Lots of ice on Ceres


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New data from Dawn now suggests that Ceres contains a large amount of ice on or near its surface.

“On Ceres, ice is not just localized to a few craters. It’s everywhere, and nearer to the surface with higher latitudes,” said Thomas Prettyman, principal investigator of Dawn’s gamma ray and neutron detector (GRaND), based at the Planetary Science Institute, Tucson, Arizona. Researchers used the GRaND instrument to determine the concentrations of hydrogen, iron and potassium in the uppermost yard (or meter) of Ceres. GRaND measures the number and energy of gamma rays and neutrons coming from Ceres. Neutrons are produced as galactic cosmic rays interact with Ceres’ surface. Some neutrons get absorbed into the surface, while others escape. Since hydrogen slows down neutrons, it is associated with a fewer neutrons escaping. On Ceres, hydrogen is likely to be in the form of frozen water (which is made of two hydrogen atoms and one oxygen atom).

Rather than a solid ice layer, there is likely to be a porous mixture of rocky materials in which ice fills the pores, researchers found. The GRaND data show that the mixture is about 10 percent ice by weight.

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6 comments

  • Orion314

    PLENTY for a future refueling station…IF ONLY…..

  • Alex

    Orion314: Maybe, but CERES orbit inclination is quite large (about 10°), which needs much delta-v.

  • DougSpace

    Dawn made the orbital inclination change using ion propulsion. Might the same be possible on a crewed mission?

  • LocalFluff

    Who is surprised? Ceres being made out of chocolate would’ve been a really great news.

    The center of Ceres, almost 1,000 kilometer in diameter, has no more pressure than the deepest active mine on Earth (a gold mine in South Africa). So it is just a matter of engineering and economy and time for us to rebuild all of Ceres to whatever we want it to be. Its mass is about a billion billion tons. Almost a billion tons of resources for each and everyone of us. Imagine one hundred shipping containers in a row. Squared. And stacked 100 on top of each others. And that is for you alone. (How stupid are those who cry about peak resource whatever!)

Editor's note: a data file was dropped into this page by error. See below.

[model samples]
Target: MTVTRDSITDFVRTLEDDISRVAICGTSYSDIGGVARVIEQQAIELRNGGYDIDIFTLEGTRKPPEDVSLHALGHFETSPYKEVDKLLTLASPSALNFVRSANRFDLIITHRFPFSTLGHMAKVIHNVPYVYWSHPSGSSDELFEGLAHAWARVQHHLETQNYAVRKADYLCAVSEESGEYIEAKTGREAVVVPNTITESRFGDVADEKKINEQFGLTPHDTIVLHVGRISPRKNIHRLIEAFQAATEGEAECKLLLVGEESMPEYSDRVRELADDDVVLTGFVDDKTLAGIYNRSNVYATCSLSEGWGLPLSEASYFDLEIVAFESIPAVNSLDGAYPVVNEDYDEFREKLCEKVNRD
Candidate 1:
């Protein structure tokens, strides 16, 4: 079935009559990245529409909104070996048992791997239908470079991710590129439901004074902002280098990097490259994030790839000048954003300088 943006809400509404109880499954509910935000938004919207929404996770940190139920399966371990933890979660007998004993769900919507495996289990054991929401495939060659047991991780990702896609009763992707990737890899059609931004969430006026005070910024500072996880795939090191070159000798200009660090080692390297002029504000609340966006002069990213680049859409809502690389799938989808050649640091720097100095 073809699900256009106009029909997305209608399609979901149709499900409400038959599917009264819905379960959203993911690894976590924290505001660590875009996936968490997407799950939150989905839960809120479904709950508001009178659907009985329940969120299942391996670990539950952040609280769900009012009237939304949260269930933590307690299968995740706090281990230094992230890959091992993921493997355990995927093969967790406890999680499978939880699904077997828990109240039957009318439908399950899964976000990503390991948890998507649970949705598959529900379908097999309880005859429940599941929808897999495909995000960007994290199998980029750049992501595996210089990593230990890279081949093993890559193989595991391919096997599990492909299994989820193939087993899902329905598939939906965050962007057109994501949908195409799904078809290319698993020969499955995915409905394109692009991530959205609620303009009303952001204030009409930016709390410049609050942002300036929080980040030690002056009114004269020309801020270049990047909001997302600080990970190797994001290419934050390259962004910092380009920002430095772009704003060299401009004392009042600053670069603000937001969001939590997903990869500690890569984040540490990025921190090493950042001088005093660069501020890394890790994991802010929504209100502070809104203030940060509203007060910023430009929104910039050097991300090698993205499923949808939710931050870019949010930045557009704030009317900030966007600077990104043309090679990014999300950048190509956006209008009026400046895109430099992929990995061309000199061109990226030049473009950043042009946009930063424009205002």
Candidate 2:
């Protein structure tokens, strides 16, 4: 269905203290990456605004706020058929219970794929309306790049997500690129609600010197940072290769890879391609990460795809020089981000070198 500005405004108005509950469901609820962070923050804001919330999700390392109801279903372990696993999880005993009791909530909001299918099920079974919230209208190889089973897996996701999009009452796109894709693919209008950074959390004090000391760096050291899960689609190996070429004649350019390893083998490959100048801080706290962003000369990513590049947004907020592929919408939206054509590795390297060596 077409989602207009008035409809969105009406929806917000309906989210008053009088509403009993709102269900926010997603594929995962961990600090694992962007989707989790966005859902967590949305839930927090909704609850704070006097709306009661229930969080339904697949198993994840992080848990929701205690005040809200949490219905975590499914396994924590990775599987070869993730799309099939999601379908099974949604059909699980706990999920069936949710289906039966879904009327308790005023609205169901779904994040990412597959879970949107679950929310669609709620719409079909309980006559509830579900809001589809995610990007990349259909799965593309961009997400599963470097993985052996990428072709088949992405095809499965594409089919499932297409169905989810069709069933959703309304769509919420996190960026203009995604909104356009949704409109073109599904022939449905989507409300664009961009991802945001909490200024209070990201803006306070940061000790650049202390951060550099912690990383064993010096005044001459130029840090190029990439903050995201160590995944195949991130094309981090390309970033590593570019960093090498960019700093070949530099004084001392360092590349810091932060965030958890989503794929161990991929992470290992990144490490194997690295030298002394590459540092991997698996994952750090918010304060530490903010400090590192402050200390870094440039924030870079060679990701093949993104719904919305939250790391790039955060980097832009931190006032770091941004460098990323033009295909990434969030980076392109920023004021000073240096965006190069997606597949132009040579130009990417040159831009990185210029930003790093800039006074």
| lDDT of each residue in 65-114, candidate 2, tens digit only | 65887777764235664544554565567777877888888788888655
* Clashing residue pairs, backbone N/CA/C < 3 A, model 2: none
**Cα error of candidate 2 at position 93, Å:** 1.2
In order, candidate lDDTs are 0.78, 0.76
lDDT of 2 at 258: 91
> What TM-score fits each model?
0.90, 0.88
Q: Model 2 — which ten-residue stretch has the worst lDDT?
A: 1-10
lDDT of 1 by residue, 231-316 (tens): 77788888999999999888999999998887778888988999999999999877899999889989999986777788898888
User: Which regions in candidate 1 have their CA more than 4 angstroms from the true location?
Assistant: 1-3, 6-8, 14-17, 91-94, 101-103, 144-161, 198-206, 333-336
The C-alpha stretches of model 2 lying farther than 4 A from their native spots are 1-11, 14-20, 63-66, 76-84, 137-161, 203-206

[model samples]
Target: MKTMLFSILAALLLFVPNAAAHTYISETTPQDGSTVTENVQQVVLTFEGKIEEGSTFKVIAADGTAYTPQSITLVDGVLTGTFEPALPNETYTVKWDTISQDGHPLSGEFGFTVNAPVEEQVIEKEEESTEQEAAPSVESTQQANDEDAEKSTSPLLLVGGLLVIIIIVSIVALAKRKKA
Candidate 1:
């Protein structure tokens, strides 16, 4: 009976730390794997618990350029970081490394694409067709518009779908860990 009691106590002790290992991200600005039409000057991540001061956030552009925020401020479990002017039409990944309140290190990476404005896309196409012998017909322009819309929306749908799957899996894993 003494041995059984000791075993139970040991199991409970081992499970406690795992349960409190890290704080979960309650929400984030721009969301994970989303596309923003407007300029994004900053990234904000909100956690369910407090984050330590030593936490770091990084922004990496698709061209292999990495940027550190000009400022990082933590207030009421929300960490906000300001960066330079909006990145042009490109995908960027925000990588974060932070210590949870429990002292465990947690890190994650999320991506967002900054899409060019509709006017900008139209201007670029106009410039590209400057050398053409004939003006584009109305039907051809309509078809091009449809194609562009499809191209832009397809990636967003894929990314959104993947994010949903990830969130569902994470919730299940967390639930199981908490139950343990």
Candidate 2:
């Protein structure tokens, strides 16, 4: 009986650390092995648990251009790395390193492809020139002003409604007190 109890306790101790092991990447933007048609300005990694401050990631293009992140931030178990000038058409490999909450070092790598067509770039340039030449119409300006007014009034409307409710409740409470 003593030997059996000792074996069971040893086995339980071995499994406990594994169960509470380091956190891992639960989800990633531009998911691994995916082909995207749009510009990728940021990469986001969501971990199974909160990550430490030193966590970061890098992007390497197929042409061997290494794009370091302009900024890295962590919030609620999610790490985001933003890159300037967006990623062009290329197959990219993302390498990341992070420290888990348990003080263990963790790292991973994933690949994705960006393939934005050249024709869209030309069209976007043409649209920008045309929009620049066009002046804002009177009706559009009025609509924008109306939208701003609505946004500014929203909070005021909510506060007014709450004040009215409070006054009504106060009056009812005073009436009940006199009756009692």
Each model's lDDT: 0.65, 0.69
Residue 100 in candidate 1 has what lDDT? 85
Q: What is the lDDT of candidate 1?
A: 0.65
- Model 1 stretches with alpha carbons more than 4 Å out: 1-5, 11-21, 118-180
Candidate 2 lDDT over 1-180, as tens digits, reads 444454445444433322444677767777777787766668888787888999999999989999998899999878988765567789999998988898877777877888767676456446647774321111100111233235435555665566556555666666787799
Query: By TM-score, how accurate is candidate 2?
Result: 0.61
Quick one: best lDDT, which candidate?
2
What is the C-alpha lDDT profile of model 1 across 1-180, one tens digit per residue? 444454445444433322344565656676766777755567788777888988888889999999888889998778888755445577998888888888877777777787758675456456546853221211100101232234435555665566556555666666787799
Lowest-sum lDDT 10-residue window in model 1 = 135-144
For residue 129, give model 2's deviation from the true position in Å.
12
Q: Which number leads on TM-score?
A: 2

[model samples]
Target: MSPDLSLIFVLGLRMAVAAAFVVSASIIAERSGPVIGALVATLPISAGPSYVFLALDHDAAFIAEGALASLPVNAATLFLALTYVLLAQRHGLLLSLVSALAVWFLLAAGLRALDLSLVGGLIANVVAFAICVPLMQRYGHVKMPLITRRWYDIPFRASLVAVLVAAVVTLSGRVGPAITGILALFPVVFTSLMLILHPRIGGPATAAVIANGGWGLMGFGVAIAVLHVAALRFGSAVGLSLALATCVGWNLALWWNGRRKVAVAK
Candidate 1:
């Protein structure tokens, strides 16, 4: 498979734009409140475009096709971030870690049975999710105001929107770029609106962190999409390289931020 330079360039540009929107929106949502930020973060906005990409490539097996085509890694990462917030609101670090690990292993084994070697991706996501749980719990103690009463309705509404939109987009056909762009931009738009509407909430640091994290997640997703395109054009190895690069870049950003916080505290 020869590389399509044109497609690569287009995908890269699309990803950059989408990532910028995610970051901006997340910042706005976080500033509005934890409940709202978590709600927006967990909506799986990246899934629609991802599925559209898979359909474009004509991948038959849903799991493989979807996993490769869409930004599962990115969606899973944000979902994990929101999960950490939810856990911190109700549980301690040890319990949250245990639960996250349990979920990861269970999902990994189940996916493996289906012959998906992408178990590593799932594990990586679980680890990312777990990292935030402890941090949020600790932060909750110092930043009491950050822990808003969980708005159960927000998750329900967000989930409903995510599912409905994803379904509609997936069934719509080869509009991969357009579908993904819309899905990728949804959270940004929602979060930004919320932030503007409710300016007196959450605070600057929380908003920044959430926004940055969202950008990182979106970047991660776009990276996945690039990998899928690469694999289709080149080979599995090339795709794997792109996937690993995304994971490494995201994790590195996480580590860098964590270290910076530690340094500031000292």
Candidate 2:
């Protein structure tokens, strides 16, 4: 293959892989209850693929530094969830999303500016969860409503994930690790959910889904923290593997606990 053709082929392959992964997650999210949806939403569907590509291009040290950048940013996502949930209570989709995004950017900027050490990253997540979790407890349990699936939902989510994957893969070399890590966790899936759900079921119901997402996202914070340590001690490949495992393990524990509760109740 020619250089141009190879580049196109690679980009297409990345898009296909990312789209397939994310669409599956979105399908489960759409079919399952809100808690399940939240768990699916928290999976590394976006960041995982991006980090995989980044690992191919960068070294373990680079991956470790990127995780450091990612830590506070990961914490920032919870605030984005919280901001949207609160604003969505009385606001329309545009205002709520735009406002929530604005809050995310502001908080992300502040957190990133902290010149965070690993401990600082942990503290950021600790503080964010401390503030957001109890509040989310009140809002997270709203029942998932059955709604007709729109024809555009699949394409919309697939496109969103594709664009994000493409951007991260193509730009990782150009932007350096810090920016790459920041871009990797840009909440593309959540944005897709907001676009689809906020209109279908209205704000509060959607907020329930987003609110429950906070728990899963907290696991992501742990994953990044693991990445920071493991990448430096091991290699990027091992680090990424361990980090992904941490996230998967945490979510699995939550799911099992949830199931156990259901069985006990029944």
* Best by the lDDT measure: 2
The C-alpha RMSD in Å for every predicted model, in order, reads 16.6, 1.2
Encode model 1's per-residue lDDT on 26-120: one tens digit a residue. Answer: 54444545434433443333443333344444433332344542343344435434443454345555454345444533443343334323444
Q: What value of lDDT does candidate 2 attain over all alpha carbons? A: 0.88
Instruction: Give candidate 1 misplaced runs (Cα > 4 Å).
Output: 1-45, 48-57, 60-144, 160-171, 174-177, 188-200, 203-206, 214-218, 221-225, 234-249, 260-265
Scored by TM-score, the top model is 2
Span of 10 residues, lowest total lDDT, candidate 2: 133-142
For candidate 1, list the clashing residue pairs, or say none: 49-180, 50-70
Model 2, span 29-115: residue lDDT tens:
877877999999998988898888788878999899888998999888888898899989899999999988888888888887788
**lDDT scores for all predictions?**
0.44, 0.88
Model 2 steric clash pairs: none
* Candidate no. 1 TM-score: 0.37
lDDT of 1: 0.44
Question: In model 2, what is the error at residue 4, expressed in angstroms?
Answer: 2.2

• Alex

    LocalFluff: Are you shure? Keith Allpress says (Written Jan 30): The internal pressure rises to just below 0.2 GigaPascals. Or 30,000 psi. That equals about 2,000 bars, not much compared to Earth’s centre, but I assume much more as the rock in mine displays.

    DougSpace: Ion propelled manned S/C may need to long to reach Ceres (thrust is too small), better use advanced thermal nuclear propulsion and regain LH2 propellant at Ceres.

  • Edward

    I think that Alex has a good point about the delta-V needed for the 10° inclination change. My calculation shows that it is about 37%, which is close to the delta-V needed for escape velocity from the solar system, from the asteroid belt. This suggests that Ceres may not be practical as a refueling station.

    A better refueling station would be an asteroid that lies within/close to the plane of the ecliptic (my proxy for the plane of the average of all the planetary planes). If there is a lot of water on smaller asteroids, it may not be hard to find one or several of these potential refueling-station asteroids. This would make trips to the outer planets slightly easier, as the initial boost out of the inner planet’s orbit would require less fuel, thus a smaller rocket would be needed if it were refueled at the asteroid belt.

    LocalFluff,
    I agree. Planets, even dwarf planets, would be a high priority destination, if they were made out of chocolate.

    Mmm. Chocolate.

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